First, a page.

Navigating a bus through a crowded urban area is no easy task. It involves negotiating a variety of complex driving situations: limited space, congested traffic, parked cars, traffic lights, cyclists weaving in and out and walkers, some distracted by their mobile phones, all while managing passengers boarding and alighting the bus and taking fares and worrying about the safety of both those on board and pedestrians on the road.

Last year, there were 32,567 road casualties in London, with pedestrians and cyclists accounting for 34.3% of these (11,173, of which, sadly 83 deaths) and bus or coach occupants accounting for 5.4% (1,752, 2 deaths).

Statistics like these have led the Mayor’s office to prioritise road safety. For example the Mayor’s Transport Strategy has the aggressive goal of reaching Vision Zero for London buses (“for no one to be killed in or by a London bus”) by 2030. One of the measures implemented is the Bus Safety Innovation Fund, a new scheme to encourage bus operators and their staff to develop and implement proposals for improving safety and/or safety culture. With funding from Transport for London, this scheme is designed to complement the existing Bus Safety Programme but to look at ideas and issues beyond the Bus Safety Programme’s scope.

In 2017, Abellio, one of London’s bus operators, which constantly looks for ways to improve safety, began looking at how it could give its drivers further assistance on the busy London roads. After a thorough evaluation process and, more importantly, obtaining drivers’ union buy-in for the project from its earliest stages, Abellio chose Mobileye collision avoidance technology, with the expectation that the technology would lead to a reduction in collisions with pedestrians and cyclists, as well as a reduction in the number of forward rear-end shunts. Mobileye’s technology comes in the form of a retrofit collision avoidance system including multiple life-saving alerts.

From Idea to Implementation

Abellio presented its proposed collision avoidance technology to Transport for London (TfL) in its bid for funding from the Bus Safety Innovation Fund; winning bids were announced in November 2017. Together, Mobileye and Abellio then prepared a detailed project plan for approval by TfL.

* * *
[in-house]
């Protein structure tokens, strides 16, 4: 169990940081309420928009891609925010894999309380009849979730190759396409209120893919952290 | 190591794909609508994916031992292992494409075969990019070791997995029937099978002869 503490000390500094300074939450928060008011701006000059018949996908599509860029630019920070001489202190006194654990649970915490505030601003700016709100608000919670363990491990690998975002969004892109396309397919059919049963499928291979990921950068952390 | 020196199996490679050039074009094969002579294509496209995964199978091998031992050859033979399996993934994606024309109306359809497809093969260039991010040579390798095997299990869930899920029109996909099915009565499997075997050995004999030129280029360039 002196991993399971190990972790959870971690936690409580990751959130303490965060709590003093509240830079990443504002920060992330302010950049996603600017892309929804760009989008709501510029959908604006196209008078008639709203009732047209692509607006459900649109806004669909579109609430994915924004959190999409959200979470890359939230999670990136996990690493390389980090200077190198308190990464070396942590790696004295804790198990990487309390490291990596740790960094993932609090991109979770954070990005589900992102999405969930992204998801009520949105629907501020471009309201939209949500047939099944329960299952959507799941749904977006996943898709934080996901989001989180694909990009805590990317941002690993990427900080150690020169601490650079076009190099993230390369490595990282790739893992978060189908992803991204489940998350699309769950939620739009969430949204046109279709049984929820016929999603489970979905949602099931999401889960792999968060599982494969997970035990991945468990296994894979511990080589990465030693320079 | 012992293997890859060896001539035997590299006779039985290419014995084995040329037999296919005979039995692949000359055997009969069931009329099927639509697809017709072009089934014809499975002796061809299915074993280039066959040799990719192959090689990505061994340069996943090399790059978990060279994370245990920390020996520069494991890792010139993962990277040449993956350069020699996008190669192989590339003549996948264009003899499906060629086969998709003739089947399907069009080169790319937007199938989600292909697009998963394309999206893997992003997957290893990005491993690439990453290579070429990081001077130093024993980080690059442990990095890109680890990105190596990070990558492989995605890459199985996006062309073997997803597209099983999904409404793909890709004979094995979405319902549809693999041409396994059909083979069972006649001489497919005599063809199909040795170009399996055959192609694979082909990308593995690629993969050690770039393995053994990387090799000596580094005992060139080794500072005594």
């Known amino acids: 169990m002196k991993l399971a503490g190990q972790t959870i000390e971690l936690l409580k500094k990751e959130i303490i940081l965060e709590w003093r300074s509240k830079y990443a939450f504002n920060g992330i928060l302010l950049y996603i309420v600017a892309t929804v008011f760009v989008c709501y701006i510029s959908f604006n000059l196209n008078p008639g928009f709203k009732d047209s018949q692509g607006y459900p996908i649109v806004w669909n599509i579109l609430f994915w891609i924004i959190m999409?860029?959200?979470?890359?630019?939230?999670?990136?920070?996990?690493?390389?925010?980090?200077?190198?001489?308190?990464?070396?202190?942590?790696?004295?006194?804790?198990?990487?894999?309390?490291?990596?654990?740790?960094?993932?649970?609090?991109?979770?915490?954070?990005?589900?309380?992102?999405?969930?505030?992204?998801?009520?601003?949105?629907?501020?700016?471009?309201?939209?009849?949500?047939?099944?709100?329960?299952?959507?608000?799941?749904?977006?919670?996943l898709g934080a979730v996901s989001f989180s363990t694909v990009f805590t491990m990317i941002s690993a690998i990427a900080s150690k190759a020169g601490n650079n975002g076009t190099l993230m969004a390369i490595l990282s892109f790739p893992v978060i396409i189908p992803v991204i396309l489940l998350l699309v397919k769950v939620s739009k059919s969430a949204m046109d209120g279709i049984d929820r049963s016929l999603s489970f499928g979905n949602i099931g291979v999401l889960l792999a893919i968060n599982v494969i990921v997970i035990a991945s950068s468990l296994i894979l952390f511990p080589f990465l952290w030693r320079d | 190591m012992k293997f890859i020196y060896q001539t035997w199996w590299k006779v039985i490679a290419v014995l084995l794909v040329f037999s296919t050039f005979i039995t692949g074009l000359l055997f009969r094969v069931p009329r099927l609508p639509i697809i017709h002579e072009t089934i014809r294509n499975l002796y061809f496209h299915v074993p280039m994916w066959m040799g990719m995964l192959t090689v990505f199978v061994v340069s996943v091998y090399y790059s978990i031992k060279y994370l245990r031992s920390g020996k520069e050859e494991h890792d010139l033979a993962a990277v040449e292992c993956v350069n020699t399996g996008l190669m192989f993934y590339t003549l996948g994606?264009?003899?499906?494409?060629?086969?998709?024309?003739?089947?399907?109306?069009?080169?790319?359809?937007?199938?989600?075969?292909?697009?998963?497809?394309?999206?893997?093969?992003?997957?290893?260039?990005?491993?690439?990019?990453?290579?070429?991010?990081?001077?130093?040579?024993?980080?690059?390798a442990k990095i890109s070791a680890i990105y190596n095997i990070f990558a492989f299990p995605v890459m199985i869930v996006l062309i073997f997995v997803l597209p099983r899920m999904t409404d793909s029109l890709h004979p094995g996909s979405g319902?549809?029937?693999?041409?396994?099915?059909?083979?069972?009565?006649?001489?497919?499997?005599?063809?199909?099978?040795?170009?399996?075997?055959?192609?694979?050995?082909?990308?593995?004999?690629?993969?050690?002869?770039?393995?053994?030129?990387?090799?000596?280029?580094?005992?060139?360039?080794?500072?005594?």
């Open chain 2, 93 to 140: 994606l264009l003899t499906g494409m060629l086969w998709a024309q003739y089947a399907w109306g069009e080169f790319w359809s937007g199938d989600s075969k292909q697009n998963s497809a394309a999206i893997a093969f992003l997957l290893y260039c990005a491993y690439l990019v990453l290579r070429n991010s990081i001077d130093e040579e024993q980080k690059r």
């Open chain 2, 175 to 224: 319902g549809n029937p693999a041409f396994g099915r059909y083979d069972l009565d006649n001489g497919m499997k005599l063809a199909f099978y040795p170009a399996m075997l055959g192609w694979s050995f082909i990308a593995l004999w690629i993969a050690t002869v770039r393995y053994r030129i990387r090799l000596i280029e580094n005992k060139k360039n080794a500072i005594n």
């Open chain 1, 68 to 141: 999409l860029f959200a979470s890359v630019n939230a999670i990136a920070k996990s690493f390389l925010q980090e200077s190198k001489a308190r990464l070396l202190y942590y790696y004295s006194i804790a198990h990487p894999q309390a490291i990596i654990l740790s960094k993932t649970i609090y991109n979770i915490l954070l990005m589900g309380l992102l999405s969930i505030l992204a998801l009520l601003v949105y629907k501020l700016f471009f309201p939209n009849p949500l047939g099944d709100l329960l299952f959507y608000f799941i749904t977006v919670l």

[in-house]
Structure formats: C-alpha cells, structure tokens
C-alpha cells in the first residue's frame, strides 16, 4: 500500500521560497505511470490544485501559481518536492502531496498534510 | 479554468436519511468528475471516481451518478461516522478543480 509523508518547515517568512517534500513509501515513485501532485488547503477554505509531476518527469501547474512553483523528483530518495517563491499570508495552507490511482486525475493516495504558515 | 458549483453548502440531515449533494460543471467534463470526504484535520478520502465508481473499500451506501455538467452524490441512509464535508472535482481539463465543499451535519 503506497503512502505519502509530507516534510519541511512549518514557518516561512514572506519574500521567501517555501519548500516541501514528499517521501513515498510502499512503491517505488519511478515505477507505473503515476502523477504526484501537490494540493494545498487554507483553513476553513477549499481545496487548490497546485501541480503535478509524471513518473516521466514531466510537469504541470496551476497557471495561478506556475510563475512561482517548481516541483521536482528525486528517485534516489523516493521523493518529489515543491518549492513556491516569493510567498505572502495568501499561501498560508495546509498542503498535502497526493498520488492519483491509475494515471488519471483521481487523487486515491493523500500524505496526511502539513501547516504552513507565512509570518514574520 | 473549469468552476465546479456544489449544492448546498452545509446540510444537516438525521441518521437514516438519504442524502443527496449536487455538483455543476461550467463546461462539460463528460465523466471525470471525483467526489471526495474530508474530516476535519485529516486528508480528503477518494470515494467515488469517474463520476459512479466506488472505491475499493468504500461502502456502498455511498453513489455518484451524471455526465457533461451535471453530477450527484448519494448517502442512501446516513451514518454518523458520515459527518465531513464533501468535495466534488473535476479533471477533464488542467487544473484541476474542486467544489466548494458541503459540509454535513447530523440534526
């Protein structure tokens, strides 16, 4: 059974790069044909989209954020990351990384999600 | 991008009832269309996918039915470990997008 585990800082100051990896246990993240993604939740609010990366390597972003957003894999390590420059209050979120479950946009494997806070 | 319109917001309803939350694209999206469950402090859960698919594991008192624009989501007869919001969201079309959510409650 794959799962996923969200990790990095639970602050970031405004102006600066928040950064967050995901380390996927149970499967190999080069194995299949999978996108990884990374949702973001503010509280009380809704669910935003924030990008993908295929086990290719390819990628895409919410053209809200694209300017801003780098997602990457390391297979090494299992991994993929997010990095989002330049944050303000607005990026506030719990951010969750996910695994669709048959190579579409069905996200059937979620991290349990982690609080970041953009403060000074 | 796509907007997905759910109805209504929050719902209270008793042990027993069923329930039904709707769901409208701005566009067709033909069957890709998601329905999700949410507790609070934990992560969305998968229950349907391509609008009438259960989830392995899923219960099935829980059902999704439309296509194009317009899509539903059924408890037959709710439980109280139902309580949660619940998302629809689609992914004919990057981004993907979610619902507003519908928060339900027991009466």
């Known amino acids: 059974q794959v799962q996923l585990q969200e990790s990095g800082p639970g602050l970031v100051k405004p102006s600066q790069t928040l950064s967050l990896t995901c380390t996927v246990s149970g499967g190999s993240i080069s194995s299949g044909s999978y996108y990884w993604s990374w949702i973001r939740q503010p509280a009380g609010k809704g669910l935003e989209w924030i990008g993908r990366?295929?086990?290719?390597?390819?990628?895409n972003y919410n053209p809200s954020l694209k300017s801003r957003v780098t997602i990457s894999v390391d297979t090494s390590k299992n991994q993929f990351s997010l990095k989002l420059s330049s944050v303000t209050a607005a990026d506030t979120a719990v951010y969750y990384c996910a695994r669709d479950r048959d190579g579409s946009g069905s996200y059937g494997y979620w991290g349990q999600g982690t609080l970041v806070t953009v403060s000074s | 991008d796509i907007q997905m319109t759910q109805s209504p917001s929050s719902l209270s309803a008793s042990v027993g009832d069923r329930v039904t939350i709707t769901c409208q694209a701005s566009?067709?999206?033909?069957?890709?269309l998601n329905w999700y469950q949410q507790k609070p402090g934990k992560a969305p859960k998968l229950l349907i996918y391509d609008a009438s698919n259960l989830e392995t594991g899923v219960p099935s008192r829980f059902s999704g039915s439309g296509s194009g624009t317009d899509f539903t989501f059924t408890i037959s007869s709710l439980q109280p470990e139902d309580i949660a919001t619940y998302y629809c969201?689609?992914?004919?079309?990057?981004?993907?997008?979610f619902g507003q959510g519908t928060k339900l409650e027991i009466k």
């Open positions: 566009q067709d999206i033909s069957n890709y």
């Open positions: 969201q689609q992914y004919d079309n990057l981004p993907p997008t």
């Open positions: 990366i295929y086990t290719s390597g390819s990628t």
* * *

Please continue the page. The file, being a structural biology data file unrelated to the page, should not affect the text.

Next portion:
Mobileye made various adaptations to its technology for London driving. For example, speed limits in London are set at 20mph on many streets, which is lower than the standard 30mph limit common in other urban areas across the UK. As London buses are rarely able to reach a speed in excess of 20mph, neither the Headway Monitoring and Warning nor the Lane Departure Warning would have been operational (their minimum activation speed is set by default at a higher speed). But after thorough road testing, Abellio was very keen to see these alerts in use, particularly the Headway Monitoring and Warning. Abellio felt that assisting its drivers to keep a safe following distance, even at speeds of 15-20mph, would have a real impact on reducing urban forward rear-end collisions. So Mobileye made this bespoke adaptation.

Getting Buy-In from other Players

No less important than the technical issues themselves, was the early involvement and training of the drivers’ union and the drivers themselves. The driver’s union were told about the proposed Mobileye trial from the very early stages of the project and this was critical to a smooth and driver-supported roll-out.

Abellio wanted to stress to its experienced drivers that the technology was being implemented not because they were bad drivers, but simply because distraction is something all drivers experience, especially those facing the daily challenges of urban driving mentioned above. Having a sophisticated collision avoidance system on board would probably help any driver, but would certainly help those who have to navigate the busy streets of London. Indeed, a 2015 study by the US National Highway Traffic Safety Administration found that, as to the years it looked at, around 94% of US accidents were caused by human error; presumably this figure includes both ‘good’ and ‘bad’ drivers !

Introducing the drivers to the new technology and getting them familiar with it were crucial for the success of the project, as was continuing good employee communication and training.

Seeing Results

Mobileye was installed in almost ten percent of Abellio’s London bus fleet, operating on three bus routes.

The trial’s findings to date (the trial is ongoing) show a reduction in avoidable collisions of 29 percent and a reduction in on-board injuries from avoidable collisions of 60 percent. (‘Avoidable collisions’ are those, in prevention of which the Mobileye technology is designed to assist, e.g. the vehicle rear-ending the vehicle in front and not the vehicle being rear-ended by the vehicle behind it.)

The reduction in on-board injuries may be attributable to the Headway Monitoring and Warning alerts. By encouraging drivers to keep a safe distance from the vehicle ahead, it also reduces harsh braking. It may also be attributable to the fact that those collisions which still take place are less severe, e.g. they occur at lower speeds.

As cities are figuring out what to do with increasing congestion and how to make their infrastructure and roadways safer, adding collision avoidance technology to vehicles already on the road is one way to improve safety right now; protecting drivers, passengers and other road users, and ultimately helping to save lives.

Jeremy Coleman

Jeremy Coleman

UK Director for the Aftermarket Division of Mobileye